Rochelle VanderHelm—Staff Writer
New Orleans doesn’t feel like America. Looking out from the Café Beignet, there is the cobblestone street that barely makes room for two cars before it juts straight up into the French architecture, with Spanish-style wrought iron and a live jazz band bouncing in the corner.
They put chicory in the coffee here, and Sarah Goyne reflects on how strong it is. She’ll be bouncing off the walls late into the night. When the New Orleans team leaves downtown, they reach the Lake Pontchartrain Causeway, the longest bridge in the world. It’s 23.83 miles long. Reach Global Crisis Response is on the other side of that bridge, in the town of Covington.
Every day, the team drove about an hour to reach their job site. There, the task of rebuilding a home destroyed by hurricane Katrina awaited them. A subfloor needed to be built, the windows replaced, doorframes put in and holes filled with cement.
“It was hard to walk in and see the house like that,” said Mika de Vin, a Junior Education major on the team. It had been 13 years since Katrina, and Shirley Rose Leonard had not lived in her own home since then.
Although rebuilding homes was a priority for the team, the greatest focus was to rebuild lives. Part of this was doing “prayer walks,” where a group of three to five people would walk around the community and pray for it. They talked to people and prayed together.
“It isn’t so much about the work as it is the relationships,” sophomore Hailey Pullman said. She describes talking with locals, hearing their stories about life in New Orleans and praying for them.
The team had stayed in a warehouse, tucked away behind a church and a grove of trees. One night, everyone was sleeping soundly except leader Sarah Goyne, who lay awake. The door to the girls’ bedroom opened slowly and three hooded figures appeared in the entry. They were whispering.
“What are the boys doing up here?” Goyne thought.
“Can I help you?” she asked.
The figures pitched around and scrambled down the stairs, letting the door swing shut in the dark. Goyne began to shake.
“Hailey, I need you to wake up. There were three men in our room,” she whispered.
Pullman began to shake. What was happening?
Called the boys. They didn’t answer. Were they okay? Call 911. Were the men still here?
“Hailey, check the window, see if anyone is here,”
Pullman crept over to the window, heart thudding in her ears, her shaking hands gripping a muffled light. There was a vehicle down there. The door was open.
Pullman and Goyne whispered together.
“Okay we need to pray.”
“I heard voices in our room and I wasn’t imagining it,” whispered Goyne.
Another of the girls woke up.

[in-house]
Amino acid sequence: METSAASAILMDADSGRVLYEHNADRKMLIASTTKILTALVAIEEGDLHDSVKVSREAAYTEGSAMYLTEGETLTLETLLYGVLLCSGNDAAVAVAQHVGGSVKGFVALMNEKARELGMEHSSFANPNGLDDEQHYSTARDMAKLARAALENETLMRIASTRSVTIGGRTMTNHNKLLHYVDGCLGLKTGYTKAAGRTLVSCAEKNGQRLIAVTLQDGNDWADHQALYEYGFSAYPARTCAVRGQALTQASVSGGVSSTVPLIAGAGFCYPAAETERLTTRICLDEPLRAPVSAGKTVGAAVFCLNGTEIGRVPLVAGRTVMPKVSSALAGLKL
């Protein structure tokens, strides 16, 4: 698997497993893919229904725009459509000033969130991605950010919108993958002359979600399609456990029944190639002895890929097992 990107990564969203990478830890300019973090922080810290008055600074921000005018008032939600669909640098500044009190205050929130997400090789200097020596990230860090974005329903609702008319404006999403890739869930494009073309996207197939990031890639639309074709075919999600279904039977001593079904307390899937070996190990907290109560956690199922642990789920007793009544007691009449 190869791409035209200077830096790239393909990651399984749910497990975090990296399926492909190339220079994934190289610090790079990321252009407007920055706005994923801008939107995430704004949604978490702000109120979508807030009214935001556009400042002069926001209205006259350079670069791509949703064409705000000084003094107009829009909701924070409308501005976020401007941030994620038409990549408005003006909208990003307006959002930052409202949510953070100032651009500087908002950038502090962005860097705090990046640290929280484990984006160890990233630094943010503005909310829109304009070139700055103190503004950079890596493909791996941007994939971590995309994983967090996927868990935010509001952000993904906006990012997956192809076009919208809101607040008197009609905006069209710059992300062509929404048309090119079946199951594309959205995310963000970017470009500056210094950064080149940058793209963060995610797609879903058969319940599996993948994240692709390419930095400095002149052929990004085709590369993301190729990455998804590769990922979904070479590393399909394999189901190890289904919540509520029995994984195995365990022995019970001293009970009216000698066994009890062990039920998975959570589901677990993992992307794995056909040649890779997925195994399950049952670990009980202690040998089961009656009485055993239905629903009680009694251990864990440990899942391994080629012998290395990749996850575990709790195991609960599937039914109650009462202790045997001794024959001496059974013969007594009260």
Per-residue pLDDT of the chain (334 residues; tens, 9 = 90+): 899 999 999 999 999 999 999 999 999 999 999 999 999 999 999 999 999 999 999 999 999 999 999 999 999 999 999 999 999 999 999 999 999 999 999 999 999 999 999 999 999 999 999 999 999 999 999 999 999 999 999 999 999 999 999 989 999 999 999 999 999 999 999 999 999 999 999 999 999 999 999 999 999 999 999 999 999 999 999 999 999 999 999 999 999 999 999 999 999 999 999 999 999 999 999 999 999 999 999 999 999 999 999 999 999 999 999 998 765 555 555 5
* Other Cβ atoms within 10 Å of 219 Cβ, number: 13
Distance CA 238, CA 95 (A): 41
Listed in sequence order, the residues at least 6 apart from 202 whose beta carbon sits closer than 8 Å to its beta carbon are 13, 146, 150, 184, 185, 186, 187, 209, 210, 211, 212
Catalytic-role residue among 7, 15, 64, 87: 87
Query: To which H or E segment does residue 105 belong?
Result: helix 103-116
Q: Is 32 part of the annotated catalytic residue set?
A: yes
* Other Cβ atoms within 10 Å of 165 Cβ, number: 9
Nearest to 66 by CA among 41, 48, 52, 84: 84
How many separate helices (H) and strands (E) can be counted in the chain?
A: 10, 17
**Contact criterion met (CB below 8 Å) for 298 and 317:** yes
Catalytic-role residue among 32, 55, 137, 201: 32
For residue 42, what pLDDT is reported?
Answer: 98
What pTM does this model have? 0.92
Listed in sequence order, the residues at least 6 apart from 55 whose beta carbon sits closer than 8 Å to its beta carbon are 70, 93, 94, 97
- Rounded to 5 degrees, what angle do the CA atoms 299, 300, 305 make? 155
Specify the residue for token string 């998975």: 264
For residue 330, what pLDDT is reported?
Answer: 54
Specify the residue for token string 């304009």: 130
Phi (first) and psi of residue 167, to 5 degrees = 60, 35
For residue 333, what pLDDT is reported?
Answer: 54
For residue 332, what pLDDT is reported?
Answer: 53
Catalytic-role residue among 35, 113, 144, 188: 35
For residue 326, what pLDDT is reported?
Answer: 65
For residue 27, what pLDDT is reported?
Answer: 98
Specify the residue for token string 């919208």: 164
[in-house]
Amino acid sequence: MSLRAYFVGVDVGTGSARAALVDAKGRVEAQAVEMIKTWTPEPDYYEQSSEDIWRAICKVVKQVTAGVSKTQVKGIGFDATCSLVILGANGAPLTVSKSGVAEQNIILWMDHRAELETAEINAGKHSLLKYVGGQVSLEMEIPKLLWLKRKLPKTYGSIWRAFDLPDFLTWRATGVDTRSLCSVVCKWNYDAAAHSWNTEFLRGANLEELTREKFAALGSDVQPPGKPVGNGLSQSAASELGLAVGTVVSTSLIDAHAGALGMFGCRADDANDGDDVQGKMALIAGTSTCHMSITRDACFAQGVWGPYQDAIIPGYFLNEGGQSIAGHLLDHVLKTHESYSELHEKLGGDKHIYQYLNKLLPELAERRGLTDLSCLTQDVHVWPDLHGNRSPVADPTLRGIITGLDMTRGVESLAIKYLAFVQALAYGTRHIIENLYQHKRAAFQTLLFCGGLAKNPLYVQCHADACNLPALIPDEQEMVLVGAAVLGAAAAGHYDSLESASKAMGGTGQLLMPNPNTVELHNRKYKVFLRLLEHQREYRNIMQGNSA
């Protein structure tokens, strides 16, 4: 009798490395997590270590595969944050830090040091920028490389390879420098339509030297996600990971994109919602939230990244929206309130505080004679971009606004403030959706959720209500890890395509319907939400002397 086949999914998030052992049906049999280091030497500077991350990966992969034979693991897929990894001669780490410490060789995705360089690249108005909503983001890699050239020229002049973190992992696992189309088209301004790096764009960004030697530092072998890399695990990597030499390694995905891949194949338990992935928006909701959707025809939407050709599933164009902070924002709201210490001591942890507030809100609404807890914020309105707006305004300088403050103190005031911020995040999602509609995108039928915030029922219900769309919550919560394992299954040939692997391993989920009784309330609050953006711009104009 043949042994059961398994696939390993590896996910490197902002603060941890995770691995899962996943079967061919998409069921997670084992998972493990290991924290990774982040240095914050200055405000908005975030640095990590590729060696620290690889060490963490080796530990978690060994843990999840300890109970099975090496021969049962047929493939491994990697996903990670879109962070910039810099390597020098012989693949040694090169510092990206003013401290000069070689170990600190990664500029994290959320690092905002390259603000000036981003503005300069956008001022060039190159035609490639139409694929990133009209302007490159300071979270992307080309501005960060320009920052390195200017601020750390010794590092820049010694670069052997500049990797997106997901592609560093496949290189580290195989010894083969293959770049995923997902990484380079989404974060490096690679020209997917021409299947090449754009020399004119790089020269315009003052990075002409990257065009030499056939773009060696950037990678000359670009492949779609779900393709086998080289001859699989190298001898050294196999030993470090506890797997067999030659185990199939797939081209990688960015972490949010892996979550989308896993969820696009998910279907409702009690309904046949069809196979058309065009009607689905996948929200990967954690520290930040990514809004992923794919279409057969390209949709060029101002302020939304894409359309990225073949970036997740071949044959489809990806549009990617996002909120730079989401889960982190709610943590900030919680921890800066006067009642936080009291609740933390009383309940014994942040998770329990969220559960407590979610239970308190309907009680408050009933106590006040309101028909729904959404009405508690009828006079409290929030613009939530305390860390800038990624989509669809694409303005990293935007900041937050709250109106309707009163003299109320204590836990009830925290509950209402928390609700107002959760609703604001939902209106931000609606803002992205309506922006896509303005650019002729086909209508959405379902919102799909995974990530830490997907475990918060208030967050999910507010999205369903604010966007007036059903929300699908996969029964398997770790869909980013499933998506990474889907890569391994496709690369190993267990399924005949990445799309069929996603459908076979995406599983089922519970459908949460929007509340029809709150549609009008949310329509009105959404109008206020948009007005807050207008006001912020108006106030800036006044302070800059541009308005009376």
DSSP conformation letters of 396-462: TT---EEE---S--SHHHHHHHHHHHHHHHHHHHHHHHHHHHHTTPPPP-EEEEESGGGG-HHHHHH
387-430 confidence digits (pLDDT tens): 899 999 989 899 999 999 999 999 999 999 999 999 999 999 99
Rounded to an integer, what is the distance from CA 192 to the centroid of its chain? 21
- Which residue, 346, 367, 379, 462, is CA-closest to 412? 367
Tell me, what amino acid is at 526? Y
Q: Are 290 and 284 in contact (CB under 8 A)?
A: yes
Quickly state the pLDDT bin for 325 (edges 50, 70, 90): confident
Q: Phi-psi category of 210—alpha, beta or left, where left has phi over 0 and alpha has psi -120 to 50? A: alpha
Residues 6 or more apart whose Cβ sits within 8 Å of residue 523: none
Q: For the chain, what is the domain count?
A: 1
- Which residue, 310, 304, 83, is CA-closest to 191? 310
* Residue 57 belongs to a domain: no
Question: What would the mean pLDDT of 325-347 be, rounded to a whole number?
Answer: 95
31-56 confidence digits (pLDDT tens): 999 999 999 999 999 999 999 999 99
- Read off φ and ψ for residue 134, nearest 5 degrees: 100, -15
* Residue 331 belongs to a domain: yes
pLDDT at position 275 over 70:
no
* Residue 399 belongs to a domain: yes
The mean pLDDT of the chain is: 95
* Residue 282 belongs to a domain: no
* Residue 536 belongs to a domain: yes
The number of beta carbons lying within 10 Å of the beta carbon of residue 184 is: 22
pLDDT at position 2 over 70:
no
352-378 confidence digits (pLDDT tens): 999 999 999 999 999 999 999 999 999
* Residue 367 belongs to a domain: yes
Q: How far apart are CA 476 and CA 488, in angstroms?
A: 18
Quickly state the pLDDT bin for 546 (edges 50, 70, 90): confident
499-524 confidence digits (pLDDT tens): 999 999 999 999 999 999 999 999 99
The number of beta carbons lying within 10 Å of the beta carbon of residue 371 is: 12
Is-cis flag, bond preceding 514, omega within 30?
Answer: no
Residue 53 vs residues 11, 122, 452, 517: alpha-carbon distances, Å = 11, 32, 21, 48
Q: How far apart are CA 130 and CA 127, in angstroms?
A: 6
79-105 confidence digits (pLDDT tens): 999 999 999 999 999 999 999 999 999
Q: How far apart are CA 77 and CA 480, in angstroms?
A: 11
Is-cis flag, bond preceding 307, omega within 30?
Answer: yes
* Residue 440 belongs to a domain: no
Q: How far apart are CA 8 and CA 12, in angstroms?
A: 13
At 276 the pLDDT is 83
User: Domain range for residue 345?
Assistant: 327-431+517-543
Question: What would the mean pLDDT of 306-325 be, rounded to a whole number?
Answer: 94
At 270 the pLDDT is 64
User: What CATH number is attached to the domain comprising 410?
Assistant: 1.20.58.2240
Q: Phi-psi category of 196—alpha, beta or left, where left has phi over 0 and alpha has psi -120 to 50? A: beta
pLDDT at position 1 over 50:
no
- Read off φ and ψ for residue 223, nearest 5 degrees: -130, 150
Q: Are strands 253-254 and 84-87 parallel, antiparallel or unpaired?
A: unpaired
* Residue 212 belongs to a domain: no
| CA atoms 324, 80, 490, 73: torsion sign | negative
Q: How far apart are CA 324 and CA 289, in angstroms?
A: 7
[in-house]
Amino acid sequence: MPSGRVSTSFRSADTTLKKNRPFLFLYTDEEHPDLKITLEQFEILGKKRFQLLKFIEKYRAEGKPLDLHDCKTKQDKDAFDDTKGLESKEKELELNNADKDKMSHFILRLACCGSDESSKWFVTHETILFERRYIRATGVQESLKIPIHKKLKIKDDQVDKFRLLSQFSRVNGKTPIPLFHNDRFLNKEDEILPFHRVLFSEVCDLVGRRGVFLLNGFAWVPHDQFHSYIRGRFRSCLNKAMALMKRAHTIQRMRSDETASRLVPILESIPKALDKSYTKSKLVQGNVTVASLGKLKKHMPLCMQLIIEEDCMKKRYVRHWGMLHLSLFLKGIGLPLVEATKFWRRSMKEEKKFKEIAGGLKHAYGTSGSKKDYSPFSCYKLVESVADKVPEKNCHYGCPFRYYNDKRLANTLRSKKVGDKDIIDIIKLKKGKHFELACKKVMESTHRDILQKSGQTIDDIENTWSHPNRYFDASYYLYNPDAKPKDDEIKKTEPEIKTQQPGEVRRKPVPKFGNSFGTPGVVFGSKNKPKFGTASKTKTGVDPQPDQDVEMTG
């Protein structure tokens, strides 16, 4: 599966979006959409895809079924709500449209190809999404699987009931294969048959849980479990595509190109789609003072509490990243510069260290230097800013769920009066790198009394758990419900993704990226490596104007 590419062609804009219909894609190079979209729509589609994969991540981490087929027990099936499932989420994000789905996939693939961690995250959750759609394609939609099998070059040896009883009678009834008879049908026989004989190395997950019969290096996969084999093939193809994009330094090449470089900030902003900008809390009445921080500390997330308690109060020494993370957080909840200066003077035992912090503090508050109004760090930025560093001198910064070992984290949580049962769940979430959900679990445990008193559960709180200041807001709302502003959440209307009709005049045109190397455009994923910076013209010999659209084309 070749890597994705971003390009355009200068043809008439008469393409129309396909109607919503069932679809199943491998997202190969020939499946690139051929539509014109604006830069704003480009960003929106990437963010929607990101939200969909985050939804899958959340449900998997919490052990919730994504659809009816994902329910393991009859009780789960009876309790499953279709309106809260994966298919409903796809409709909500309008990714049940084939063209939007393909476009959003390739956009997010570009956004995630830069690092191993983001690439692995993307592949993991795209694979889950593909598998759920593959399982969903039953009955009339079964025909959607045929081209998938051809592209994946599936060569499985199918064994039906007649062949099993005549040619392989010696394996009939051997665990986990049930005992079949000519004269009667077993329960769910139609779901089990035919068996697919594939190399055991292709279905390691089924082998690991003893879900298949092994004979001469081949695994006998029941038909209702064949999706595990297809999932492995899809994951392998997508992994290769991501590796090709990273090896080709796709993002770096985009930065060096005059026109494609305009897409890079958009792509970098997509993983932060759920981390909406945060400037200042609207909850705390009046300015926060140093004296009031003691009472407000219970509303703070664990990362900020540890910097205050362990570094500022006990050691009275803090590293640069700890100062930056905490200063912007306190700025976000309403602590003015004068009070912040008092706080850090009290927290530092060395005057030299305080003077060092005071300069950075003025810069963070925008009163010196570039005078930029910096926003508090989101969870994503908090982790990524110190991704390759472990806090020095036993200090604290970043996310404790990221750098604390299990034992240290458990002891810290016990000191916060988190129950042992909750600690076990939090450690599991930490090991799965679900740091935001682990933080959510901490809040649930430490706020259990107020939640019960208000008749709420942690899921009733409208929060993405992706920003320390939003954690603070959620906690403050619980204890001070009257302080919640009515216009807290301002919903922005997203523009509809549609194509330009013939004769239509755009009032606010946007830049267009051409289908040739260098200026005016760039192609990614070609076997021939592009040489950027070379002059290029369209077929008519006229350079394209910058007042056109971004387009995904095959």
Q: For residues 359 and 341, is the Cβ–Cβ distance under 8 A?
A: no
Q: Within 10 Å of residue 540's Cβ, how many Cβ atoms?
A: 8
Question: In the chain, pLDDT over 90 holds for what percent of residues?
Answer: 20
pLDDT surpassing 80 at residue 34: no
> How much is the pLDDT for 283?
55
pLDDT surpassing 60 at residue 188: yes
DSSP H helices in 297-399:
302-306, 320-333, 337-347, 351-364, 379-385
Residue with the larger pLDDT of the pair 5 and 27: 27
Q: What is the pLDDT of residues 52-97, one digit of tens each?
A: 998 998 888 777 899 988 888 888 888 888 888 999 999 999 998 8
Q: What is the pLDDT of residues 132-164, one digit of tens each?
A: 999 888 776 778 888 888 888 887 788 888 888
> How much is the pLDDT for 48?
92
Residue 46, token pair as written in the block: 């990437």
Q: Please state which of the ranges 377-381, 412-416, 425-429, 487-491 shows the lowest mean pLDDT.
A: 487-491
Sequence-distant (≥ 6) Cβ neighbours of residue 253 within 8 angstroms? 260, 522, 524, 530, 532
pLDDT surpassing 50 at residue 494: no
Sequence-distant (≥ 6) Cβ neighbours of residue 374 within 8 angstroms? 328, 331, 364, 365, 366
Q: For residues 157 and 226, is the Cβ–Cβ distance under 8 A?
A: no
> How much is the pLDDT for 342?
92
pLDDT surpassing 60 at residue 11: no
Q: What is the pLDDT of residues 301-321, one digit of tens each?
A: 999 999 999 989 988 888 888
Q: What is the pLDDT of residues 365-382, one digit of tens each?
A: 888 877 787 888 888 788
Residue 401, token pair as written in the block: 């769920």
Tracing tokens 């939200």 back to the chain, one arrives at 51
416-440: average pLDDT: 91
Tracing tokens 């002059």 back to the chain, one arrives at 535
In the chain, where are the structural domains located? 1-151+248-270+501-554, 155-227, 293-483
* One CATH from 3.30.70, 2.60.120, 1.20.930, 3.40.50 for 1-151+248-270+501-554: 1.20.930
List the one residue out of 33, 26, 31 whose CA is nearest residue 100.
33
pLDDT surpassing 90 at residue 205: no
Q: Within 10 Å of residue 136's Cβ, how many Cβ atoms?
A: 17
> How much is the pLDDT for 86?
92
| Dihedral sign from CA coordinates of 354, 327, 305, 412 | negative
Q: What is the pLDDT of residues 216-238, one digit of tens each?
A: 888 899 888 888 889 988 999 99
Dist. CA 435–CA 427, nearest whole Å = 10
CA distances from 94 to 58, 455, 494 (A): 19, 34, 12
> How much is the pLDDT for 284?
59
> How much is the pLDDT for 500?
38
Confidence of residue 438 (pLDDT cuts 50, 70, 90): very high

“Dear God, keep us safe, keep the boys safe,” she prayed.
Pullman crept back to the window.
“They’re still here. The men are still here.”
“We need to wake the other girls. Grab something hard. We need to be ready if they come back,” whispered the other team member.
“You need to wake up. The police are coming, but there were men in our room. They are still here. They are downstairs somewhere. You need to get up.”
Goyne frantically whispered to the 911 operator. “There are five girls upstairs, please come quick… They’re still here…When will you be here? Please come quick… We don’t know if the boys are okay… When will you be here?”
Silence. Huddled in a corner, they prayed. “God keep us safe. Change their hearts, God. Keep the officers safe.”
It was so quiet. Where were they? Were they downstairs? Would they come back up? What did they want?
“The police are here,” Goyne said.
The police came and cleared all the rooms. The boys were sleeping soundly in their beds downstairs. Two hours later, three teenagers were caught with a stolen car. They had taken nothing from the warehouse. They had only clipped the wires in one of the pickups and broken the back window of another.
“The girls’ room looked kind of like an office, and we think they came up to look for car keys,” said one of the team members.
The break-in was a defining moment for the team.
“I kept thinking, ‘Okay Hailey, you’ve learned so much this past week. This is when the rubber meets the road,’” Pullman said. It was a growing experience, and God was faithful. He comforted the nerves of the girls as they sat trembling in the corner, and he granted protection over the whole team. PLIA New Orleans will never forget the people they met, the relationships and homes they built and the never-ending love of God.